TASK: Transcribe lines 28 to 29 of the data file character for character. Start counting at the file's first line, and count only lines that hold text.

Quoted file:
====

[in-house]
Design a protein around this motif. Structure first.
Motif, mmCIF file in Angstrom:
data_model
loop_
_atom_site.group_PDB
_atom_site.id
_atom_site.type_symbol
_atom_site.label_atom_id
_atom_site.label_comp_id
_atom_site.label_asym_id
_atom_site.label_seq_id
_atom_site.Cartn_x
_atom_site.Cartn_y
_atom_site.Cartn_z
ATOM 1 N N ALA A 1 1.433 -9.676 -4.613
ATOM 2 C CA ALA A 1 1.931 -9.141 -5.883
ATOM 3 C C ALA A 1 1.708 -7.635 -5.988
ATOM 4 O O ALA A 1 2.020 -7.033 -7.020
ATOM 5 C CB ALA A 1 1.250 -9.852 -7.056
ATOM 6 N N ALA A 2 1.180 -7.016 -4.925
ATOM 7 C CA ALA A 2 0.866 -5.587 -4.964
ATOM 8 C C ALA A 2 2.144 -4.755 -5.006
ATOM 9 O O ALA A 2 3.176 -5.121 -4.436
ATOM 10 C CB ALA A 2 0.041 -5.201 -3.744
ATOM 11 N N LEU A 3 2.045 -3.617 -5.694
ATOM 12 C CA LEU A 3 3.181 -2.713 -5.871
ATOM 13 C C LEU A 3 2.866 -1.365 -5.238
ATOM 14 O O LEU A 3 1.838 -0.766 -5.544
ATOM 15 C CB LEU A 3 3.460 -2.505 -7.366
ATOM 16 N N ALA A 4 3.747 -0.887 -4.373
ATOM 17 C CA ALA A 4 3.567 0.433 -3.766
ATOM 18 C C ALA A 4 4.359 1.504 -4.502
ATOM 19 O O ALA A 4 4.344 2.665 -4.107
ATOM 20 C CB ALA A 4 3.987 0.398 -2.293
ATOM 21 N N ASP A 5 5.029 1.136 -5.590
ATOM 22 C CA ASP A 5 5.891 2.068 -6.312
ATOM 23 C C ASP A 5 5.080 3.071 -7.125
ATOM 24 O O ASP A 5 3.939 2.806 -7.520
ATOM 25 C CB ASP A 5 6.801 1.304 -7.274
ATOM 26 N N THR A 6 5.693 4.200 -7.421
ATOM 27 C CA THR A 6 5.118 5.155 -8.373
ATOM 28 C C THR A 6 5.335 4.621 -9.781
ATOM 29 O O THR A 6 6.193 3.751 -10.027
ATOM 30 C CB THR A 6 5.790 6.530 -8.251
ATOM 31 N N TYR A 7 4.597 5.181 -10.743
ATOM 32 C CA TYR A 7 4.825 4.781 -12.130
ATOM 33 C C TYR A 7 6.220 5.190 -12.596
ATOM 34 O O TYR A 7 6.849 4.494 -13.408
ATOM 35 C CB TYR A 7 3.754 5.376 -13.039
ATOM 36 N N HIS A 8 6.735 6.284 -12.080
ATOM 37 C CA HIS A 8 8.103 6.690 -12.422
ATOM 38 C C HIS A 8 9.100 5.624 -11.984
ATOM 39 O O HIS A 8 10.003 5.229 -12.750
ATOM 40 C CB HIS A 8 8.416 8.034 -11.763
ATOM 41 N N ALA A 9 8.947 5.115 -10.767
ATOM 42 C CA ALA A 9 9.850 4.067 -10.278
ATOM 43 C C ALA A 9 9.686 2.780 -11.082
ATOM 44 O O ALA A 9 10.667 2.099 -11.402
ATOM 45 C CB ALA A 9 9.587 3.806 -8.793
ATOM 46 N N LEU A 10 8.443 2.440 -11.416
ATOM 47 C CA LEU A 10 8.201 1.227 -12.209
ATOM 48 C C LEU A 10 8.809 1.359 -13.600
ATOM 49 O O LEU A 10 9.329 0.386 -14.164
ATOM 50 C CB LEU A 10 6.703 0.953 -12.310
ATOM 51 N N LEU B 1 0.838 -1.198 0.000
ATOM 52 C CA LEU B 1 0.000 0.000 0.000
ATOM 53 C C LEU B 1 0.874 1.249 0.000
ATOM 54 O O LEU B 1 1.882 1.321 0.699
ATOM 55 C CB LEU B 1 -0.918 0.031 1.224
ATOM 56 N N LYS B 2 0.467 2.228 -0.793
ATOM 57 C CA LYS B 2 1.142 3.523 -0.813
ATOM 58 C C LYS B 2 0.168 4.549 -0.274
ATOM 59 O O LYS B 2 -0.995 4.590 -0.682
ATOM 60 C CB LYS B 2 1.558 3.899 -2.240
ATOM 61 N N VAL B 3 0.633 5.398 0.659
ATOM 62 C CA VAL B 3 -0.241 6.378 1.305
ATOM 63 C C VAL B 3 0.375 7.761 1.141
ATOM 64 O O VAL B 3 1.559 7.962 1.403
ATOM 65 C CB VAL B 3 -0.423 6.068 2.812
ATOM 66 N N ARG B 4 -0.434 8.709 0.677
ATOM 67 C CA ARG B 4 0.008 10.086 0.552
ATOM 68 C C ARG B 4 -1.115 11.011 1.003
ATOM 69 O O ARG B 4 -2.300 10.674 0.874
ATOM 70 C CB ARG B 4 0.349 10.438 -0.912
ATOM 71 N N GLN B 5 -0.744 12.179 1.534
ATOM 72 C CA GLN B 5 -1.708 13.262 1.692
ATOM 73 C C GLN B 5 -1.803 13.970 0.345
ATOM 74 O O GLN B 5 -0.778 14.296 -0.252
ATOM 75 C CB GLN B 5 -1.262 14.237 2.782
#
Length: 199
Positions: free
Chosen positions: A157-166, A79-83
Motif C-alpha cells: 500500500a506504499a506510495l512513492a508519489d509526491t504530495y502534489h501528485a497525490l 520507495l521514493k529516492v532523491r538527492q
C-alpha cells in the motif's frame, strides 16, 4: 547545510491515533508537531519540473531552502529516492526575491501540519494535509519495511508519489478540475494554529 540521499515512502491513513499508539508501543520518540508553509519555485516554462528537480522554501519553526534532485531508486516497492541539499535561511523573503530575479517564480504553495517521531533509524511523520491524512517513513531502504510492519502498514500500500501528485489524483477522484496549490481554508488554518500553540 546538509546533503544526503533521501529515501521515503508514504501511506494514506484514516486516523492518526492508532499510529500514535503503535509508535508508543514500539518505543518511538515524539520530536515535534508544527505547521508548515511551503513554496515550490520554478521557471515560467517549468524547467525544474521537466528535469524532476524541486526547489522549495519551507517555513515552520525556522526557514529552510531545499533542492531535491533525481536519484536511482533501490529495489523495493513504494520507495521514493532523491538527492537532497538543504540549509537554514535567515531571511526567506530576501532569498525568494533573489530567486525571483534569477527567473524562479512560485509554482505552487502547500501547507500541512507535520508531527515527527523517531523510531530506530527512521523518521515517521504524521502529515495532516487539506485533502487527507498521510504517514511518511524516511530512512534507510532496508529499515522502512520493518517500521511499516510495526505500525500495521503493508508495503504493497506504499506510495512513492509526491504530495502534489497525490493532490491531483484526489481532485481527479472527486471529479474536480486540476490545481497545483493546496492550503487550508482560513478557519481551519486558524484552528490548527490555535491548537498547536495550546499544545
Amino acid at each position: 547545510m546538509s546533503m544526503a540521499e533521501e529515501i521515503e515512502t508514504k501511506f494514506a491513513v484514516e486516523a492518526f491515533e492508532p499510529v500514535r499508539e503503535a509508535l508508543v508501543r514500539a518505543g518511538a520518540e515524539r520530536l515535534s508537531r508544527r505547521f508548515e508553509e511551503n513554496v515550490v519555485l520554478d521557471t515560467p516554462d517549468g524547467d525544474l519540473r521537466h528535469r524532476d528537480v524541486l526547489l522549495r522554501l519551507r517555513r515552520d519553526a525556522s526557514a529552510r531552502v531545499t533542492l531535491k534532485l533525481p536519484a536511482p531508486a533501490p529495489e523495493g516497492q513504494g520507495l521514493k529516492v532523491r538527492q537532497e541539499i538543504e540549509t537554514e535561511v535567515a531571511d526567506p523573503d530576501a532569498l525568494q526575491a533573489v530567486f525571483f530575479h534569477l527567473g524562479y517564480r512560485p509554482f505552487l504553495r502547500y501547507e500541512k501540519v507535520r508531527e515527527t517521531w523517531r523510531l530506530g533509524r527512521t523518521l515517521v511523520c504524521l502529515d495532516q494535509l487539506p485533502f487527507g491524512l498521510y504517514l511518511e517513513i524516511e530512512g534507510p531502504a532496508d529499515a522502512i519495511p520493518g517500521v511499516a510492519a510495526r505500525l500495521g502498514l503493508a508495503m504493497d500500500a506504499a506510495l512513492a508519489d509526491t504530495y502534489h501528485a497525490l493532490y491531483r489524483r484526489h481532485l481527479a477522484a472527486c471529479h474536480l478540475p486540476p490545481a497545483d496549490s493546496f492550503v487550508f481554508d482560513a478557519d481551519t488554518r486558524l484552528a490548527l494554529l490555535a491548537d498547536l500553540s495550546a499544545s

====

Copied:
ATOM 13 C C LEU A 3 2.866 -1.365 -5.238
ATOM 14 O O LEU A 3 1.838 -0.766 -5.544